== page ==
This requirement is met by taking at least three credits in approved courses in each of these three areas: fine arts, history, and humanities. The remaining three credits must be a second, advanced course (2000 level or above) in the same discipline chosen from the fine arts, history, or humanities.

Gender Studies (3 credits)

The purpose of gender studies is to help students come to a better understanding of themselves as responsible individuals operating within a gendered cultural context, paying special attention to perspectives involving women.

International Education (3 credits)

The purpose of international education is to challenge students to understand our place within the world and to provide basic knowledge about cultures, people, or nations beyond the borders of the United States.

Natural Sciences (8 credits)

The purpose of studying the natural sciences is to help students understand nature and how the processes of scientific investigation lead to new discoveries. The credits must be taken in approved courses in two areas (for example, biology, chemistry, geography, geology, physics and physical science). In each area the course must include a laboratory component.

Social Sciences (9 credits)

The purpose of studying the social sciences is to develop an understanding of social systems, the dynamics of individual and group behavior and the forces that operate in social relationships. At least 3 credits must be taken in approved courses in each of two disciplines listed below (agricultural industries, communication, criminal justice, economics, ethnic studies, geography, political science, psychology, sociology, speech, and women’s studies). The remaining three credits must be a second, advanced course (2000-level or above) in one of the two disciplines previously chosen.

A course may fulfill more than one liberal arts requirement, but no student may use a single course to fulfill more than two liberal studies requirements. Courses that double-count must be approved by both sponsoring programs (e.g., ethnic studies and social sciences). Interdisciplinary courses are encouraged.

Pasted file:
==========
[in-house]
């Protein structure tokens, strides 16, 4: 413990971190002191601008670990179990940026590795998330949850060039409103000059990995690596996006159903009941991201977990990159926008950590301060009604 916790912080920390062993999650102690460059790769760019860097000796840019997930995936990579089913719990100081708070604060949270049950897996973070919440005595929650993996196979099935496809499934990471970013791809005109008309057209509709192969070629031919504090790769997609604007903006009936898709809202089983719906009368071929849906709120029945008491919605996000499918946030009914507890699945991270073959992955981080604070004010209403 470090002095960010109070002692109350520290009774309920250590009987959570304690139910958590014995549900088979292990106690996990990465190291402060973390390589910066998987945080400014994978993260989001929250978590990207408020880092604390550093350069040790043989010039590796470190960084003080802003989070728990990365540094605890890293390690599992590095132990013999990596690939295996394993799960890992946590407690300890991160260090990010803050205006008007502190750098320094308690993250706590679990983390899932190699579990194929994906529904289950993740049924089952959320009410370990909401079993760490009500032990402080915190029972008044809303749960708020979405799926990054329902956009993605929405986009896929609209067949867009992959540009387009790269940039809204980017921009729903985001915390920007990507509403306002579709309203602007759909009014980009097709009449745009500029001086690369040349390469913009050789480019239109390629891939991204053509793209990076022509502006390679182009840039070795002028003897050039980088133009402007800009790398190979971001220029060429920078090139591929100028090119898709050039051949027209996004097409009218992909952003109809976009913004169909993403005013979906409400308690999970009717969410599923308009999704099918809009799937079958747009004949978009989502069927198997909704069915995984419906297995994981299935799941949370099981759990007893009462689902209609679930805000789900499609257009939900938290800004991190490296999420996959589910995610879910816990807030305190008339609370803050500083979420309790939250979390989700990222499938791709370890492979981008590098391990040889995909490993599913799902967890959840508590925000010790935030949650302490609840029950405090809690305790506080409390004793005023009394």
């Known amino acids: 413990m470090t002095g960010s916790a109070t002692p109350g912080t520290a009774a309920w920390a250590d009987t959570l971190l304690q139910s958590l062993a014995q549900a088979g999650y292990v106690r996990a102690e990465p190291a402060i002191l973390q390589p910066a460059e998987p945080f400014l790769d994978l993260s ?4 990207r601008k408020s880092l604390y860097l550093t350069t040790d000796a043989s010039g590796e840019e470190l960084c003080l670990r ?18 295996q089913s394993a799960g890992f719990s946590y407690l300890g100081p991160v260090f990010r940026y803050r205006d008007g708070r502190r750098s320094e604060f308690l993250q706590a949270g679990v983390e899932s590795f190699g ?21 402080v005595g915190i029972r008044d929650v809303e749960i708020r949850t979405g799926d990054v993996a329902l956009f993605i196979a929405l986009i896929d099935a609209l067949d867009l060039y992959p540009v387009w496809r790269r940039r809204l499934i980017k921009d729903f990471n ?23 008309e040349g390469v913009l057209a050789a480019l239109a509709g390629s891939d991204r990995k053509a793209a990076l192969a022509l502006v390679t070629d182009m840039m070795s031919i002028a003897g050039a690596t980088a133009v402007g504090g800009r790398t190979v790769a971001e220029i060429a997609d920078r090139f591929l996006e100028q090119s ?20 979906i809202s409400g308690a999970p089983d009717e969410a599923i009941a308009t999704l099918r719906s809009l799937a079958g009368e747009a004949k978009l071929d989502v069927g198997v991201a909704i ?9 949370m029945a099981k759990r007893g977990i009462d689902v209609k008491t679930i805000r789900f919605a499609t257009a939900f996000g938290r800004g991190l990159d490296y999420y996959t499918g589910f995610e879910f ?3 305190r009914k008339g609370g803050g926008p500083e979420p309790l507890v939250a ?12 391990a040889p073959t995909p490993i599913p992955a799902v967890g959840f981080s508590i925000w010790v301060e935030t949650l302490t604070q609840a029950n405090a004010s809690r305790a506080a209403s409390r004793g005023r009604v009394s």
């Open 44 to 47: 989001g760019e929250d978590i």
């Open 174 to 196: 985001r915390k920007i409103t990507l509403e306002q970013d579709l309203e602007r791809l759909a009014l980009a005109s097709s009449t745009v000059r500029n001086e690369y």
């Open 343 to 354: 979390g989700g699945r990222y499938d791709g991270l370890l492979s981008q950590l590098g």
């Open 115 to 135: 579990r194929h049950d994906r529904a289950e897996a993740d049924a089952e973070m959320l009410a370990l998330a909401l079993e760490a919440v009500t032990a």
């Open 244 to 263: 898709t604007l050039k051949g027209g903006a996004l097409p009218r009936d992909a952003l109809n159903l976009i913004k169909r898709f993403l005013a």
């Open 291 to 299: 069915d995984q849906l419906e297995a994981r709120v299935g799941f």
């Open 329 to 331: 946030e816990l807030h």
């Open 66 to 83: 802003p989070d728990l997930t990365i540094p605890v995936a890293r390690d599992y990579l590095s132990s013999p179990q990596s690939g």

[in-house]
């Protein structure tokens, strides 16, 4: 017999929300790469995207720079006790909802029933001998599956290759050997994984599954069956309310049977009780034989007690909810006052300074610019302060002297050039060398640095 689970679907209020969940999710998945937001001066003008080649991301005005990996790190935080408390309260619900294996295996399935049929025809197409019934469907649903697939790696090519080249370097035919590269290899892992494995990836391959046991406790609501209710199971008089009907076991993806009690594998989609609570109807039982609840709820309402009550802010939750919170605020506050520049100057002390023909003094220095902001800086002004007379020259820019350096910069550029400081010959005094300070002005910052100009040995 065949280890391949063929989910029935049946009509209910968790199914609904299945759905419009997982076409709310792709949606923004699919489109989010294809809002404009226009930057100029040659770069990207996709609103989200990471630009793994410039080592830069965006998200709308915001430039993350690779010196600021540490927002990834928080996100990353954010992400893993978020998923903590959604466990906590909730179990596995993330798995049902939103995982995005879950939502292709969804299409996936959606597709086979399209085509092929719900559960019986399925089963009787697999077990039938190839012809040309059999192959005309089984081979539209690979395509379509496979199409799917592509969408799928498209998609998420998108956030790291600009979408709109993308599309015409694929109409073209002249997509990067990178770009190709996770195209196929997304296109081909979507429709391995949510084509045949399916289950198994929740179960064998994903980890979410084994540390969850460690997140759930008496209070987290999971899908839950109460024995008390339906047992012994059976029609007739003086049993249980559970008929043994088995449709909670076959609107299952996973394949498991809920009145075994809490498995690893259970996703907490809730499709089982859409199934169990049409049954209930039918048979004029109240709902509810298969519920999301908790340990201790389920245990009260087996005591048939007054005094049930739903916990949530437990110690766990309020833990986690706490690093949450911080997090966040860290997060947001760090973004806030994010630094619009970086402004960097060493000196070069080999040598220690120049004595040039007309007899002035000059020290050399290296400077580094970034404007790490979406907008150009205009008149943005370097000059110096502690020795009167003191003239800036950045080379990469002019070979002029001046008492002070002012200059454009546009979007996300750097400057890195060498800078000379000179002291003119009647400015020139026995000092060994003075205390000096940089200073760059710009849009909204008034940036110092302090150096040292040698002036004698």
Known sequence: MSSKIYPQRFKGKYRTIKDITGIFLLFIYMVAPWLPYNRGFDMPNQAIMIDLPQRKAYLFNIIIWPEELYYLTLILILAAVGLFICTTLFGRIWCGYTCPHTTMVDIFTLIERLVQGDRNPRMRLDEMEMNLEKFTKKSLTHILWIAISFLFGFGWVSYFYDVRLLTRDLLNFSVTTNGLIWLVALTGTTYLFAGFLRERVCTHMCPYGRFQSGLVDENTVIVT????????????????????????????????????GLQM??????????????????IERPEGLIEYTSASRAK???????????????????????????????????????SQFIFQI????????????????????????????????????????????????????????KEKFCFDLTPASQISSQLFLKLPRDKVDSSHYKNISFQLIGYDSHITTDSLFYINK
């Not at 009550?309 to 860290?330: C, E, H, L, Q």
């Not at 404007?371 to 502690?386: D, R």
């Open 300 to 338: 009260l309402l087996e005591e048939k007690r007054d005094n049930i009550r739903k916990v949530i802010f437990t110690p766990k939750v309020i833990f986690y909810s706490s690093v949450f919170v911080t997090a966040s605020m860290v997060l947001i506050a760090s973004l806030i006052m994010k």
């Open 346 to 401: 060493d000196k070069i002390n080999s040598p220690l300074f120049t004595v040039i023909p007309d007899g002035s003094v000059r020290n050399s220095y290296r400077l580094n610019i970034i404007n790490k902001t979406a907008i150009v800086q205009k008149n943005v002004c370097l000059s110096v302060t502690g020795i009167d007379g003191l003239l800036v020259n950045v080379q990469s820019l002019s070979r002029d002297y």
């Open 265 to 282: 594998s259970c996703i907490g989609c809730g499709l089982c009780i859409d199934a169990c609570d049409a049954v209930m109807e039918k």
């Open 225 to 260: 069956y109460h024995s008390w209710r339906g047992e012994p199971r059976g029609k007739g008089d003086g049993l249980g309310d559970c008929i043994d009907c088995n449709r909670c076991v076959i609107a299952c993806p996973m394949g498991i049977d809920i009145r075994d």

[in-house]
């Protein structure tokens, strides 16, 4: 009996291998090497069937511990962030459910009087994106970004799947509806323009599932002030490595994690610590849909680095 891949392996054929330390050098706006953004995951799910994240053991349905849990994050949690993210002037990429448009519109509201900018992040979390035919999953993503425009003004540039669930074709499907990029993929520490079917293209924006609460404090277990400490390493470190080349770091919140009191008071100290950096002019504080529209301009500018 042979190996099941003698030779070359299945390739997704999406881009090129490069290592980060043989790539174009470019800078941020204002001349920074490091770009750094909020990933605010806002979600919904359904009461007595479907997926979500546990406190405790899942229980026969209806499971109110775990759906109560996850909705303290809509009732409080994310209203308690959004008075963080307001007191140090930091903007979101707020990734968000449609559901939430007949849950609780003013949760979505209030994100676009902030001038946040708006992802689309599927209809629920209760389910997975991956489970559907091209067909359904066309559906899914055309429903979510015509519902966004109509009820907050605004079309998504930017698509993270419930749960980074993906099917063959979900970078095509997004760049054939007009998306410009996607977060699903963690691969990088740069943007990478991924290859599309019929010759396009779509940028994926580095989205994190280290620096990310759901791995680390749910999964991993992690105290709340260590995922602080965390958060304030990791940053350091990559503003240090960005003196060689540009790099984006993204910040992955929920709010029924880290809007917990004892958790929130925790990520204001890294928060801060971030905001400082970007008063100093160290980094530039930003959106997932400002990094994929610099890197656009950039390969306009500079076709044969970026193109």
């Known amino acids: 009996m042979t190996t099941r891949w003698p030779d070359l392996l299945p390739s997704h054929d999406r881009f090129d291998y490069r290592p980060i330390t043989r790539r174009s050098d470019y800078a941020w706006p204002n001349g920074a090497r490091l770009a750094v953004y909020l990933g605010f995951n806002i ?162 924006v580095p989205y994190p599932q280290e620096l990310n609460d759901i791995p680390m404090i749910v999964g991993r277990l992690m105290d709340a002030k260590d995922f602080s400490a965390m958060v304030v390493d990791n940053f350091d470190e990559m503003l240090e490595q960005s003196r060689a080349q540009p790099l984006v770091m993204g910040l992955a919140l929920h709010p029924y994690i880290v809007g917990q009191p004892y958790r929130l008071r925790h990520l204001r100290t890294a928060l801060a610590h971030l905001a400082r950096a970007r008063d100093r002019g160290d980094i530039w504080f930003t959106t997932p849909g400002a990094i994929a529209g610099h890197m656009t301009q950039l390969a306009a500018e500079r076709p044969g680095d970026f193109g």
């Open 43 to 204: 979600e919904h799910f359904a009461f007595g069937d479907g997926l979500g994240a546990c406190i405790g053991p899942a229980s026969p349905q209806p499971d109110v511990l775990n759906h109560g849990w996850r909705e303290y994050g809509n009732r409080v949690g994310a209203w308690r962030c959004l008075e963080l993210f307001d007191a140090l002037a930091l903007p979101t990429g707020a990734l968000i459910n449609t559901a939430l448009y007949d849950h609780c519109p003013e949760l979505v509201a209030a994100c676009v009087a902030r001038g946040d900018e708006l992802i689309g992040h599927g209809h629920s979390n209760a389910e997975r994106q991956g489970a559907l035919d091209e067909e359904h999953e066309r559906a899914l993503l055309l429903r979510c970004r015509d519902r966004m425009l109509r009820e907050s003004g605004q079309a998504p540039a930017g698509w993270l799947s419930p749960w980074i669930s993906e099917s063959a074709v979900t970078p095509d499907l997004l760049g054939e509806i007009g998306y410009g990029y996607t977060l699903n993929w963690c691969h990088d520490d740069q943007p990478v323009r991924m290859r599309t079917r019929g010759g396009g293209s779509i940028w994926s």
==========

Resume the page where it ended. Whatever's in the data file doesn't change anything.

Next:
Writing Emphasis (WE) Requirement (6 credits)

“Writing Emphasis” (WE) courses must meet the requirements below. WE courses may be either general education courses or discipline-specific courses; in the former case, courses are also expected to satisfy all appropriate general education guidelines. More information about the Writing Emphasis...

  1. Instructors are expected to assign their students both informal and formal writing as means to gain and express an understanding of discipline-specific content. When and where appropriate, instructors should teach students the rhetorical strategies and writing conventions of their particular field or discipline.
  2. Instructors are expected to provide meaningful feedback on student writing. This may be achieved through direct lecture, handouts, class discussion, analysis of model writing, written feedback from the instructor, directed peer reviews, and instructor-student conferences. In addition, the Writing and Tutoring Resource (WATR) Center should be seen as a source of supplemental support rather than direct instruction.
  3. Writing activities must constitute a substantial component of the course. “Substantial portion of the course” is defined as either (a) a minimum of 30 pages of student writing, or (b) at least 30 percent of a student’s semester grade determined by writing assignments or activities. Written examinations consisting partially or wholly of essay questions may not be included in a course’s satisfaction of either of the requirements above.
  4. Multiple writing assignments are expected throughout the semester, as are opportunities to revise selected assignments. A single term paper without opportunity for revision does not meet this requirement.
  5. Before teaching a WE section, an instructor is required to participate in WE training presented by the Teaching and Learning Center (TLC).

In addition, the following requirements must be satisfied.

  • WE courses must be numbered at the 2000 level or higher.
  • WE courses must include ENGL 1230/Freshman Composition II as a co-requisite or prerequisites.

Writing Emphasis (WE) Course Submission Procedure

General Rules

  1. Only approved courses may be used to fulfill the core curriculum requirements. All approved core curriculum courses must meet at least four of the UW-Platteville Student Learning Outcomes. Multiple sections of core curriculum courses must have the following items in common: course title, course description, and student learning outcomes.
  2. Every student must earn a minimum of 42 credits in upper-division courses (courses numbered 3000 or above).
  3. All students must earn 32 credits in residence at UW-Platteville and also 23 of their last 32 credits in residence.